Radishes are a hardy, cool-season vegetable that can produce many crops each season due to its rapid days to maturity. Radishes can be planted in both the spring and the fall, but growing should be suspended in the warmer months. They are a very easy vegetable to grow.
- Plant 4-6 weeks before the average date of last frost, after aged manure or organic fertilizer has been worked into soil.
- Direct sow seeds ½ inch to an inch deep and one inch apart in rows 12 inches apart.
- Thin to about 2-inch spacings. Crowded plants will not grow well.
- Radishes need sun. If they are planted in too much shade—or even where neighboring vegetable plants shade them—they put all their energy into producing larger leaves.
- Practice three-year crop rotation.
- Plant consecutively every two weeks or so while weather is still cool for a continuous harvest of radishes.
- Plan on a fall planting. You can plant radishes later than any other root crop in late summer or early fall and still get a harvest.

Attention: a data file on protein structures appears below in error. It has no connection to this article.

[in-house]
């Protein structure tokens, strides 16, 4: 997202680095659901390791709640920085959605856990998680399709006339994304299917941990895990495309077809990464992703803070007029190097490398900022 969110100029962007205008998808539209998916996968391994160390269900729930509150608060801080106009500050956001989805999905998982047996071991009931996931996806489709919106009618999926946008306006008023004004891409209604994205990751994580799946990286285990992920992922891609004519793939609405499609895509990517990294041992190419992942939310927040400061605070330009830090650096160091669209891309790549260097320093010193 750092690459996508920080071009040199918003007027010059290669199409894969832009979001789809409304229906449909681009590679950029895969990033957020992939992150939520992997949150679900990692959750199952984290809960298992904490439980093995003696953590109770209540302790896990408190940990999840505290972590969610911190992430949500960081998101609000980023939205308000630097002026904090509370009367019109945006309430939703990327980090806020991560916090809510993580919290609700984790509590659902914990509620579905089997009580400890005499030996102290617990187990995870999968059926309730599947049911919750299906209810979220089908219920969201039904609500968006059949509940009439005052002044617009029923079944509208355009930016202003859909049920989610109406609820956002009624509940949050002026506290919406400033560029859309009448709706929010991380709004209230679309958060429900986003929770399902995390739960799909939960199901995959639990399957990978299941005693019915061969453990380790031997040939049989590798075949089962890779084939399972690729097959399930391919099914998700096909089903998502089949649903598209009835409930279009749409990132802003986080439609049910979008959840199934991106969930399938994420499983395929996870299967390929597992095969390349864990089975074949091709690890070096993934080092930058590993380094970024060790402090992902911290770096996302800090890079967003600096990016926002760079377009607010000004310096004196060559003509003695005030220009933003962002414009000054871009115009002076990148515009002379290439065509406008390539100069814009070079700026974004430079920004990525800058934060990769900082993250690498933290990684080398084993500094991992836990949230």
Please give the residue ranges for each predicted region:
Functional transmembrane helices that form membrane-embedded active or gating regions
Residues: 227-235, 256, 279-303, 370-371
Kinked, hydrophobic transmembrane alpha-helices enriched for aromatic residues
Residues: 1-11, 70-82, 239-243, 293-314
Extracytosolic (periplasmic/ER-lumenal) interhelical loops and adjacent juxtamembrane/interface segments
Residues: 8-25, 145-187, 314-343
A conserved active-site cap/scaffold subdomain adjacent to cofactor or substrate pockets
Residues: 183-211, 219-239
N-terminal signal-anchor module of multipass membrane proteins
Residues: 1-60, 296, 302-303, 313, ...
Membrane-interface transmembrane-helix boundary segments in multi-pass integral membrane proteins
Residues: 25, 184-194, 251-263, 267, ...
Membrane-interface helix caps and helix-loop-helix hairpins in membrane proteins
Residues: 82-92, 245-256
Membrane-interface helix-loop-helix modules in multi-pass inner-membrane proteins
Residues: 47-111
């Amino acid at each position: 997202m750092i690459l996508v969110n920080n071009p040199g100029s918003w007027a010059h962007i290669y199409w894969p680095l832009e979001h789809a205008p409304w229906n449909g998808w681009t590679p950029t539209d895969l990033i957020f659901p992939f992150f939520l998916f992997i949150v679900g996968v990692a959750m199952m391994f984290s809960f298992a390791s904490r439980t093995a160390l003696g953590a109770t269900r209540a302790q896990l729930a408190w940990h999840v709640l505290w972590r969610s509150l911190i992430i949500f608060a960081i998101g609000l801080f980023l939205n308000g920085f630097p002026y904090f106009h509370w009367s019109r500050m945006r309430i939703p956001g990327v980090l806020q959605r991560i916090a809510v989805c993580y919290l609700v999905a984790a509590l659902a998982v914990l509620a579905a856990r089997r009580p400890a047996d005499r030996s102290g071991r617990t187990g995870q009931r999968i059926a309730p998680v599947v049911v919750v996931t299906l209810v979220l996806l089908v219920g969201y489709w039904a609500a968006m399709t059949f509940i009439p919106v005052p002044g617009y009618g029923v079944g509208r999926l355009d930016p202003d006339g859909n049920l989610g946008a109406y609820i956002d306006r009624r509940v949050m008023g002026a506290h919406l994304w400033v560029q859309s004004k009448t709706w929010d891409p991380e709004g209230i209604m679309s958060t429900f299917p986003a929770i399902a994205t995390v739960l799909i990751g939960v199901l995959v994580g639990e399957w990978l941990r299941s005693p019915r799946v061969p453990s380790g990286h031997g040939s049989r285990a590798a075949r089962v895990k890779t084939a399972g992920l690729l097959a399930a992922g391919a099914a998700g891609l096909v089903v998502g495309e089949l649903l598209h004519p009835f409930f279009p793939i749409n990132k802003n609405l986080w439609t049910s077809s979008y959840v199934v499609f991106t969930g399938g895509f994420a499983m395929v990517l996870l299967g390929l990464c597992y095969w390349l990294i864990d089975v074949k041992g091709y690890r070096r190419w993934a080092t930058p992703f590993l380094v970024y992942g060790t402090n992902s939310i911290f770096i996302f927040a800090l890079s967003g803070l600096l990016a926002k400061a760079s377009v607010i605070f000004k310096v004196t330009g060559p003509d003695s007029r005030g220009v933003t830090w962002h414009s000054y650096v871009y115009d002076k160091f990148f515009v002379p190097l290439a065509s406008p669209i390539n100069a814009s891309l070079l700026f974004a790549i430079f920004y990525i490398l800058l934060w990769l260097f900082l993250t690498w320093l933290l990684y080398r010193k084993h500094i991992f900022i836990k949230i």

- Radishes require well-drained soil with consistent moisture. Keep soil evenly moist but not waterlogged.
- Thin radishes to about an inch apart when the plants are a week old. You will be amazed at the results.
- Radishes will be ready to harvest quite rapidly, as three weeks after planting for some varieties.
- Do not leave in the ground long after mature stage, their condition will deteriorate quickly.
- Cut the tops off short, wash the radishes and dry them thoroughly. Store in plastic bags in the refrigerator.
Radish greens can be stored separately for up to three days.
- ‘French Breakfast’ late maturing variety, does ok in moderate heat.
- ‘Burpee White’ spring variety, white skin.
Wit & Wisdom
Don’t be afraid to plant seeds that are up to five years old. All may not germinate, but you’ll have plenty that will.
- ‘French Breakfast’ late maturing variety, does well in moderate heat.
‘Burpee White’ spring variety, white skin.